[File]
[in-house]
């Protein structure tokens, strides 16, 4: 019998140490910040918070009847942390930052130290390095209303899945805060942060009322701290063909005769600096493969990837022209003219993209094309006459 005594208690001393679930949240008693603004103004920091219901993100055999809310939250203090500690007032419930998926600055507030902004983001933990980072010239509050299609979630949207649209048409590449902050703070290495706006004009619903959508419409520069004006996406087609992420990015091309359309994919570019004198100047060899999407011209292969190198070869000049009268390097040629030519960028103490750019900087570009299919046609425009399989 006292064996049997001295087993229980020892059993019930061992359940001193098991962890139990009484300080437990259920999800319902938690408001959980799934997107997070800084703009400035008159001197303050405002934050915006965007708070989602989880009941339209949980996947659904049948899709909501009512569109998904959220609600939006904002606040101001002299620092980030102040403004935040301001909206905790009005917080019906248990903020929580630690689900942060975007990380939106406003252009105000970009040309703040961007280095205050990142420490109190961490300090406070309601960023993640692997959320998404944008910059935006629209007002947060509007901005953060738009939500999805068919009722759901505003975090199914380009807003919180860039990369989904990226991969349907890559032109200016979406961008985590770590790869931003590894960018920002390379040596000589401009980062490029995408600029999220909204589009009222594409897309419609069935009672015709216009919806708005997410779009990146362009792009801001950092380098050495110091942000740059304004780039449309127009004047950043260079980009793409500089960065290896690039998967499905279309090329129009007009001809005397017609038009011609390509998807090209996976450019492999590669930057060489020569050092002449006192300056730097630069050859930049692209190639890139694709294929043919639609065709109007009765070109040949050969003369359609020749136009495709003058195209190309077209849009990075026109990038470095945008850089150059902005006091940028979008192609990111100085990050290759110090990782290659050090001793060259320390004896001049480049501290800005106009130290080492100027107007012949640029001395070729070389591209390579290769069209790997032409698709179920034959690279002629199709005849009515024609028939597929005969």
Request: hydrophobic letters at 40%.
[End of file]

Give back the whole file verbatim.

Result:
[in-house]
């Protein structure tokens, strides 16, 4: 019998140490910040918070009847942390930052130290390095209303899945805060942060009322701290063909005769600096493969990837022209003219993209094309006459 005594208690001393679930949240008693603004103004920091219901993100055999809310939250203090500690007032419930998926600055507030902004983001933990980072010239509050299609979630949207649209048409590449902050703070290495706006004009619903959508419409520069004006996406087609992420990015091309359309994919570019004198100047060899999407011209292969190198070869000049009268390097040629030519960028103490750019900087570009299919046609425009399989 006292064996049997001295087993229980020892059993019930061992359940001193098991962890139990009484300080437990259920999800319902938690408001959980799934997107997070800084703009400035008159001197303050405002934050915006965007708070989602989880009941339209949980996947659904049948899709909501009512569109998904959220609600939006904002606040101001002299620092980030102040403004935040301001909206905790009005917080019906248990903020929580630690689900942060975007990380939106406003252009105000970009040309703040961007280095205050990142420490109190961490300090406070309601960023993640692997959320998404944008910059935006629209007002947060509007901005953060738009939500999805068919009722759901505003975090199914380009807003919180860039990369989904990226991969349907890559032109200016979406961008985590770590790869931003590894960018920002390379040596000589401009980062490029995408600029999220909204589009009222594409897309419609069935009672015709216009919806708005997410779009990146362009792009801001950092380098050495110091942000740059304004780039449309127009004047950043260079980009793409500089960065290896690039998967499905279309090329129009007009001809005397017609038009011609390509998807090209996976450019492999590669930057060489020569050092002449006192300056730097630069050859930049692209190639890139694709294929043919639609065709109007009765070109040949050969003369359609020749136009495709003058195209190309077209849009990075026109990038470095945008850089150059902005006091940028979008192609990111100085990050290759110090990782290659050090001793060259320390004896001049480049501290800005106009130290080492100027107007012949640029001395070729070389591209390579290769069209790997032409698709179920034959690279002629199709005849009515024609028939597929005969």
Request: hydrophobic letters at 40%.